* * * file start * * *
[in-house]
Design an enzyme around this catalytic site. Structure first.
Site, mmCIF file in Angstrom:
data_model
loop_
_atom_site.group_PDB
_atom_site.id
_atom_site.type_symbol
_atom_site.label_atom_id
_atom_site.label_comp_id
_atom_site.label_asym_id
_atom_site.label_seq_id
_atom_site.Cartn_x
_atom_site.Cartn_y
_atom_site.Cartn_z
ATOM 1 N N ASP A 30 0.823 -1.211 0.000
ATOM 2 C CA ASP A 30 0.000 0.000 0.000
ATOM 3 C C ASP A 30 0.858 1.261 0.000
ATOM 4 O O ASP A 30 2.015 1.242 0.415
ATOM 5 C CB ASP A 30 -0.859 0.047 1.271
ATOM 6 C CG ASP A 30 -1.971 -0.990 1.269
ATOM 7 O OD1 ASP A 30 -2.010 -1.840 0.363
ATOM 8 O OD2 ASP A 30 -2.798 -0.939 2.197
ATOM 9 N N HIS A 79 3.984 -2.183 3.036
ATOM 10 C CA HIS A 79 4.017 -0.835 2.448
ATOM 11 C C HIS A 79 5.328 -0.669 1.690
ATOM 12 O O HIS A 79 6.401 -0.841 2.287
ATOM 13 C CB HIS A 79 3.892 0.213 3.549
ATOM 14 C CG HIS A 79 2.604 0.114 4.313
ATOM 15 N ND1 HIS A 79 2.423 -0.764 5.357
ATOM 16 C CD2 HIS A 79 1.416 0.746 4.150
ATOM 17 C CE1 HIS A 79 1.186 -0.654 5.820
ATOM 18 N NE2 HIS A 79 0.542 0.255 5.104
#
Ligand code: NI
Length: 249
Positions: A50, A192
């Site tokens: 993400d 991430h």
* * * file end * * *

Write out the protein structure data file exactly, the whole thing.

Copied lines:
[in-house]
Design an enzyme around this catalytic site. Structure first.
Site, mmCIF file in Angstrom:
data_model
loop_
_atom_site.group_PDB
_atom_site.id
_atom_site.type_symbol
_atom_site.label_atom_id
_atom_site.label_comp_id
_atom_site.label_asym_id
_atom_site.label_seq_id
_atom_site.Cartn_x
_atom_site.Cartn_y
_atom_site.Cartn_z
ATOM 1 N N ASP A 30 0.823 -1.211 0.000
ATOM 2 C CA ASP A 30 0.000 0.000 0.000
ATOM 3 C C ASP A 30 0.858 1.261 0.000
ATOM 4 O O ASP A 30 2.015 1.242 0.415
ATOM 5 C CB ASP A 30 -0.859 0.047 1.271
ATOM 6 C CG ASP A 30 -1.971 -0.990 1.269
ATOM 7 O OD1 ASP A 30 -2.010 -1.840 0.363
ATOM 8 O OD2 ASP A 30 -2.798 -0.939 2.197
ATOM 9 N N HIS A 79 3.984 -2.183 3.036
ATOM 10 C CA HIS A 79 4.017 -0.835 2.448
ATOM 11 C C HIS A 79 5.328 -0.669 1.690
ATOM 12 O O HIS A 79 6.401 -0.841 2.287
ATOM 13 C CB HIS A 79 3.892 0.213 3.549
ATOM 14 C CG HIS A 79 2.604 0.114 4.313
ATOM 15 N ND1 HIS A 79 2.423 -0.764 5.357
ATOM 16 C CD2 HIS A 79 1.416 0.746 4.150
ATOM 17 C CE1 HIS A 79 1.186 -0.654 5.820
ATOM 18 N NE2 HIS A 79 0.542 0.255 5.104
#
Ligand code: NI
Length: 249
Positions: A50, A192
């Site tokens: 993400d 991430h």